Customers using an outdated software version on Kindle e-readers require an important software update by March 22, 2016 in order to continue to download Kindle books from the Cloud, access the Kindle Store, and use other Kindle services on their device.
Contrast that to "pre-agile" style where managers would just poke in and out and ask about whatever random bit of functionality they happened to care about at the moment or re-prioritize stuff because someone send them an email
Um, no. pre-agile we had the Capability Maturity Model, Rational Unified Process (RUP), Adaptive Software Development (ASD), Extreme Programming (XP), and many others. And to do any of these "properly" required spending serious amounts of money on training, consulting, auditing, and oooo... don't forget "certification". Entire mini-industries are spawned to handle each of these, for each new "process". Each of them spawn "experts" or "gurus". Some are even able to make doctoral theses out of it.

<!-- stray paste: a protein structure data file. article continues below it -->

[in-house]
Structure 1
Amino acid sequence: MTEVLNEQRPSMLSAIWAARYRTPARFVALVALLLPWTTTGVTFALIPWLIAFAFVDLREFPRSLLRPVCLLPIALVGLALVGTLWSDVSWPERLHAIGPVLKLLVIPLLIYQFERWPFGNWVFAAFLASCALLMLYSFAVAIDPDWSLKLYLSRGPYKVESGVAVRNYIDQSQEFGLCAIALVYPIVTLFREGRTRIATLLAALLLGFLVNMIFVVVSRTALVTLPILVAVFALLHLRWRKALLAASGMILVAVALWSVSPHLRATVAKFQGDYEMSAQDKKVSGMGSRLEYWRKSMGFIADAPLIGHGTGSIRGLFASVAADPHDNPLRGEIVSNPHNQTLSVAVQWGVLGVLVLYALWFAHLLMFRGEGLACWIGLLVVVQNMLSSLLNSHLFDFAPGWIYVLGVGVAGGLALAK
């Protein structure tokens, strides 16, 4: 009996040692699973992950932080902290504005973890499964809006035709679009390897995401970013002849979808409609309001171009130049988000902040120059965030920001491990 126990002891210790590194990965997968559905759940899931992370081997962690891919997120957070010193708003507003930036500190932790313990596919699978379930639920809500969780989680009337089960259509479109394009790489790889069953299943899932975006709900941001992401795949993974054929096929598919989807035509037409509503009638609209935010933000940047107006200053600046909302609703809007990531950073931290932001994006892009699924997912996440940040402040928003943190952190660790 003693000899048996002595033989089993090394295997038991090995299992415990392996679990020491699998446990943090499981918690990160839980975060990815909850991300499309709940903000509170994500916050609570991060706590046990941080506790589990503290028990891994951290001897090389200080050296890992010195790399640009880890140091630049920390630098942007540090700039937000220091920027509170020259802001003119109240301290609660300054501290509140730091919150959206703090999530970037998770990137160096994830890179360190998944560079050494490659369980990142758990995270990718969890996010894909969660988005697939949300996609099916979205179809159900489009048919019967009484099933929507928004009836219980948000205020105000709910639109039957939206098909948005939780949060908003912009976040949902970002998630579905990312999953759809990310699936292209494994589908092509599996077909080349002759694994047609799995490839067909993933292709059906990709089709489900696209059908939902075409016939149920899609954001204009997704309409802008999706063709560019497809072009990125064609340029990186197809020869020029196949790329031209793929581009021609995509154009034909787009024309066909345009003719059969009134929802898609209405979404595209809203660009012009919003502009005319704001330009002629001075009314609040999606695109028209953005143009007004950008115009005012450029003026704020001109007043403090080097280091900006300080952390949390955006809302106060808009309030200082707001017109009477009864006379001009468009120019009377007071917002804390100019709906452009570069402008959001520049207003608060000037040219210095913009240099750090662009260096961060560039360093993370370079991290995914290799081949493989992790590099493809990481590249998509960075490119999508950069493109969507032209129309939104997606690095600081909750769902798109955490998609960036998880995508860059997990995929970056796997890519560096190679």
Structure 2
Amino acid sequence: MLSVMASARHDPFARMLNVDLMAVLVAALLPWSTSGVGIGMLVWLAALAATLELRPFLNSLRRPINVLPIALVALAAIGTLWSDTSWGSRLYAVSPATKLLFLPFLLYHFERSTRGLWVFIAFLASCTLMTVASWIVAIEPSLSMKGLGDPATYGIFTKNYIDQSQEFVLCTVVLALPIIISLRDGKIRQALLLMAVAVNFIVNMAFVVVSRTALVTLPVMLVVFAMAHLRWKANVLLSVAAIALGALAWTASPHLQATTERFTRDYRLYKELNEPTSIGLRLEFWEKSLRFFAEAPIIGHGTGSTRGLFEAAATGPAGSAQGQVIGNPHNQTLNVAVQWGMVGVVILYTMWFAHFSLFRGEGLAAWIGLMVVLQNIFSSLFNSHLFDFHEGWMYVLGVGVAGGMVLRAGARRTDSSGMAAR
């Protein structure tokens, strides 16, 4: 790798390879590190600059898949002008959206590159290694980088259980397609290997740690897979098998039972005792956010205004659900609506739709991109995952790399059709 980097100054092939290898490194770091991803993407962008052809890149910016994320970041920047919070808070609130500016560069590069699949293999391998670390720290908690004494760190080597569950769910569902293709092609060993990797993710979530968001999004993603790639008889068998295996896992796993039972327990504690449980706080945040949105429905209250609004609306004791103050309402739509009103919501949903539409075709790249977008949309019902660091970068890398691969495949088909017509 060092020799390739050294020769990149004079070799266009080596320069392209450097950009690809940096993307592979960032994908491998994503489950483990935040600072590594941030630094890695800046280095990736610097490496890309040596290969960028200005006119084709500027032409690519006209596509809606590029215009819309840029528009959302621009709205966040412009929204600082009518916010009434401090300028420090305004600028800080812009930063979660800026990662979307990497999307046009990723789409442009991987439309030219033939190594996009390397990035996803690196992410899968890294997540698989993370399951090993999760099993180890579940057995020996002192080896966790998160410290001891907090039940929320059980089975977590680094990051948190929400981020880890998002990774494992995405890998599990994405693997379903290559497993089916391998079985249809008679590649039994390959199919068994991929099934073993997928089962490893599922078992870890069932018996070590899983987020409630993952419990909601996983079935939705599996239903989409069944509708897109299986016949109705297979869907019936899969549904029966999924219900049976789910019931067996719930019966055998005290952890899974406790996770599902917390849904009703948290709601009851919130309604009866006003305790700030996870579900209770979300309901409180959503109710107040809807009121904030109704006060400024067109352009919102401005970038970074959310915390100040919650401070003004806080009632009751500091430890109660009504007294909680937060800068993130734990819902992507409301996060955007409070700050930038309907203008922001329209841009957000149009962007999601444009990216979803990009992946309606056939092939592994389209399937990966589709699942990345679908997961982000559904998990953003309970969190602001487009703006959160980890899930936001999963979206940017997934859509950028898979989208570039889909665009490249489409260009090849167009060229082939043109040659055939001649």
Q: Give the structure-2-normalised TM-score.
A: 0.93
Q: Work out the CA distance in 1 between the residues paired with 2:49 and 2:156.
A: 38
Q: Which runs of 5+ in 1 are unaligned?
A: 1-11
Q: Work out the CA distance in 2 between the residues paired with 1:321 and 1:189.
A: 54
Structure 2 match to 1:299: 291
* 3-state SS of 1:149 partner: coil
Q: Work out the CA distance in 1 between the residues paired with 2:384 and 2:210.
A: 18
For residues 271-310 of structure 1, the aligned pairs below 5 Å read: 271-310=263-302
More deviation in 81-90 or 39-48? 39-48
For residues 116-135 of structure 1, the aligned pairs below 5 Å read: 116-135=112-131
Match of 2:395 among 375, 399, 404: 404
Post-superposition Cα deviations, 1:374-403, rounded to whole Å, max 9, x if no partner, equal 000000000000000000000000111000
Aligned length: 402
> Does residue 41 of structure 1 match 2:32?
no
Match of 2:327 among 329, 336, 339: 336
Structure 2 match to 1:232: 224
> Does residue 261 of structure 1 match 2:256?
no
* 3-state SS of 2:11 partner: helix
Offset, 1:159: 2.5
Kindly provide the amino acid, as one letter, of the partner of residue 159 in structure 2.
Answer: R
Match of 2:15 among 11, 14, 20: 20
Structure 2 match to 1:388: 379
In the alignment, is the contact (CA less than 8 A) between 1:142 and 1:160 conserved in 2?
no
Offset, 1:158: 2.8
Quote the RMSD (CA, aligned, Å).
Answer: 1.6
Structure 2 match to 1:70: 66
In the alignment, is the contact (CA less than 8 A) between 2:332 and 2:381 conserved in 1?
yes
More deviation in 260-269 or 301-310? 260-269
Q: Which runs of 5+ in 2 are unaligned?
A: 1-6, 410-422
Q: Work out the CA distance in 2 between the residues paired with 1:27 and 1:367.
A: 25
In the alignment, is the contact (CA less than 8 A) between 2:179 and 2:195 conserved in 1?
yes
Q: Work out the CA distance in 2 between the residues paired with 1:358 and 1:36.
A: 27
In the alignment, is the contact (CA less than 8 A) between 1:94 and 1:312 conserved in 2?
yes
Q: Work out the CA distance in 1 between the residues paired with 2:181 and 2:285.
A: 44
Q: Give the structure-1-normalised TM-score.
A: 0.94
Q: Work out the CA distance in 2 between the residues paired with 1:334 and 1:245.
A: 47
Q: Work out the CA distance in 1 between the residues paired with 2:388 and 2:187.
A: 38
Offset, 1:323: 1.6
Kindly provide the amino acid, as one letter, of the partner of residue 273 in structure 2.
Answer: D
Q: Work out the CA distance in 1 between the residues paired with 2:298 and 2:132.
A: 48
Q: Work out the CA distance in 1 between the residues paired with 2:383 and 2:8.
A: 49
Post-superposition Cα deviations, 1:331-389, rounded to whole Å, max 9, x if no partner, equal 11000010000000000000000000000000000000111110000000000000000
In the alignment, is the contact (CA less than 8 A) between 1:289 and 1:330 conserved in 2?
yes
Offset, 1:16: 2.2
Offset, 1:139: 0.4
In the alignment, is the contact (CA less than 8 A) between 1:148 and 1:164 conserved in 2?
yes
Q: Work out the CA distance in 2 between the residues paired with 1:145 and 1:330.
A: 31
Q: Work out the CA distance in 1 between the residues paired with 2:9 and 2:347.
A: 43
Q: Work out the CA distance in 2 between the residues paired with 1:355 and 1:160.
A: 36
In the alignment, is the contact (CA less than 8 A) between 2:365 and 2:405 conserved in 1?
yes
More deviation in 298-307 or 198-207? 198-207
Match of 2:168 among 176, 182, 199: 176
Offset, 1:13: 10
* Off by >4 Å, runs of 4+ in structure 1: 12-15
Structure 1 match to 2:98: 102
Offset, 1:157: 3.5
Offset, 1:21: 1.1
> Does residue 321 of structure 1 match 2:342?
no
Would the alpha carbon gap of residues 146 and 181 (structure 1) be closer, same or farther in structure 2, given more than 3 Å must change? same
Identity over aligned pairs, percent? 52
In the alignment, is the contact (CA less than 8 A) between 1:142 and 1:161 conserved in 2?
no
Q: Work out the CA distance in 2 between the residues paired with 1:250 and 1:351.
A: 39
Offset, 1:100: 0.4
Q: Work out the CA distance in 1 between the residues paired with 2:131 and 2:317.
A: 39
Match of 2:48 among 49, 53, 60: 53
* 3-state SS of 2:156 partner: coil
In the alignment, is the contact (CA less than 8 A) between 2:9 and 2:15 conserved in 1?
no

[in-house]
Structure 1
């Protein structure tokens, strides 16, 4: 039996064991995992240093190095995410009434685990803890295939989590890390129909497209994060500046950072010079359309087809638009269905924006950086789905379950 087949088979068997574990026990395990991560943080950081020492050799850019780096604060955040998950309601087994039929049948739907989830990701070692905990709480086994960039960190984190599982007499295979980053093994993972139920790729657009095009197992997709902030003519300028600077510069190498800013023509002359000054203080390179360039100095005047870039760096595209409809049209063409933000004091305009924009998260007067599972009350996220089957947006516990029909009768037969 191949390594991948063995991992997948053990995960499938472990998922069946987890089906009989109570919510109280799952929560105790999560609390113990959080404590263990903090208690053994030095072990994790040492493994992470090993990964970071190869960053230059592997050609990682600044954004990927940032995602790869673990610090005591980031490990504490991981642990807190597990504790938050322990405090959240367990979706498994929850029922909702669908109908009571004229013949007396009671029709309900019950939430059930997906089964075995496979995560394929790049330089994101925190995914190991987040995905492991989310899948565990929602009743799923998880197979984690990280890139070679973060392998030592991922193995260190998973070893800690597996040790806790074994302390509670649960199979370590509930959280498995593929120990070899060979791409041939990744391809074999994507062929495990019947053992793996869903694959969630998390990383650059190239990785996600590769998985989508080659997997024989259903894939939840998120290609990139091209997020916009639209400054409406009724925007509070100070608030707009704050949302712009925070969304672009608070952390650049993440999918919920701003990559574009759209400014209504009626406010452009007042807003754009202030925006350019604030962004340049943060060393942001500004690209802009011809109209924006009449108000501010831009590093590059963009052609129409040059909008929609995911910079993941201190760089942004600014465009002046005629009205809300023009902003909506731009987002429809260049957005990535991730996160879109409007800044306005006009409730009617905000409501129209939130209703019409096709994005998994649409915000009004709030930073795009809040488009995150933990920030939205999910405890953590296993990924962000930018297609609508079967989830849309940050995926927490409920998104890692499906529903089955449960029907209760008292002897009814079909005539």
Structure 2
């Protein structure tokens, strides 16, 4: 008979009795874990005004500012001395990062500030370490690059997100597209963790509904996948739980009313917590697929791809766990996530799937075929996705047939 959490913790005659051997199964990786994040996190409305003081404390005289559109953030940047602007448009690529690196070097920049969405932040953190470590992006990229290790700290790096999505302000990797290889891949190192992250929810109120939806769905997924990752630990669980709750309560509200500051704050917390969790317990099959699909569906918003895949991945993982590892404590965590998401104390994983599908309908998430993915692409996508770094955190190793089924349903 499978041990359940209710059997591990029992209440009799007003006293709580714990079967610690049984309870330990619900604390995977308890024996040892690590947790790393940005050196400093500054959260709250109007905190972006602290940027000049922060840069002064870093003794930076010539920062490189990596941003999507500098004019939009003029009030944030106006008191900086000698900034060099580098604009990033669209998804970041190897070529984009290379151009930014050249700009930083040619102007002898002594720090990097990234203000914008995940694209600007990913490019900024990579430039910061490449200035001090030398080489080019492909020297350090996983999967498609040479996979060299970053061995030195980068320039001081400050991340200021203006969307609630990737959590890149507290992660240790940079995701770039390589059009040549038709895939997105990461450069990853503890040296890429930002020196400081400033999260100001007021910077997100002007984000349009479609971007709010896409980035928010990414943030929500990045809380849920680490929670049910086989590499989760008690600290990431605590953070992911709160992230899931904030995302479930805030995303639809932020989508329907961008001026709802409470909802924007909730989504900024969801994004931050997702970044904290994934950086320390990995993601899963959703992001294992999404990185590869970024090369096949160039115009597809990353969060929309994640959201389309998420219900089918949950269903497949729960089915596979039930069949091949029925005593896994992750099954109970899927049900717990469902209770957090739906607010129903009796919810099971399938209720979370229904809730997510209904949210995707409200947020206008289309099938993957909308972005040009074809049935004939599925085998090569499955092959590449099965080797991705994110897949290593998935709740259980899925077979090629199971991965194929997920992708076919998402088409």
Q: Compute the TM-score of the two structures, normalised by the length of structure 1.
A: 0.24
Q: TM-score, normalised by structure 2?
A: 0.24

Sound familiar? Agile is just another one of them. It is not a paradigm shift.
Whoever said in an earlier comment that this is about money is right: all of these software engineering paradigms are money grabs. Doesn't mean they don't work for very specific projects in specific circumstances, but the primary goal is for the Tailors to sell the Emperor some New Clothes.
The bottom line is that there isn't any single software engineering/development process that works well for all organizations, for all projects, just like isn't a Unified Field Theory.
The current round of internships is open internationally to women (cis and trans), trans men, and genderqueer people. Additionally, it's open to residents and nationals of the United States of any gender who are Black/African American, Hispanic/Latin@, American Indian, Alaska Native, Native Hawaiian, or Pacific Islander.
Isn't that discrimination? Why must I be of a certain race or sexuality to be considered for a job? Aren't there laws against this in the US?
In seeking the unattainable, simplicity only gets in the way. -- Epigrams in Programming, ACM SIGPLAN Sept. 1982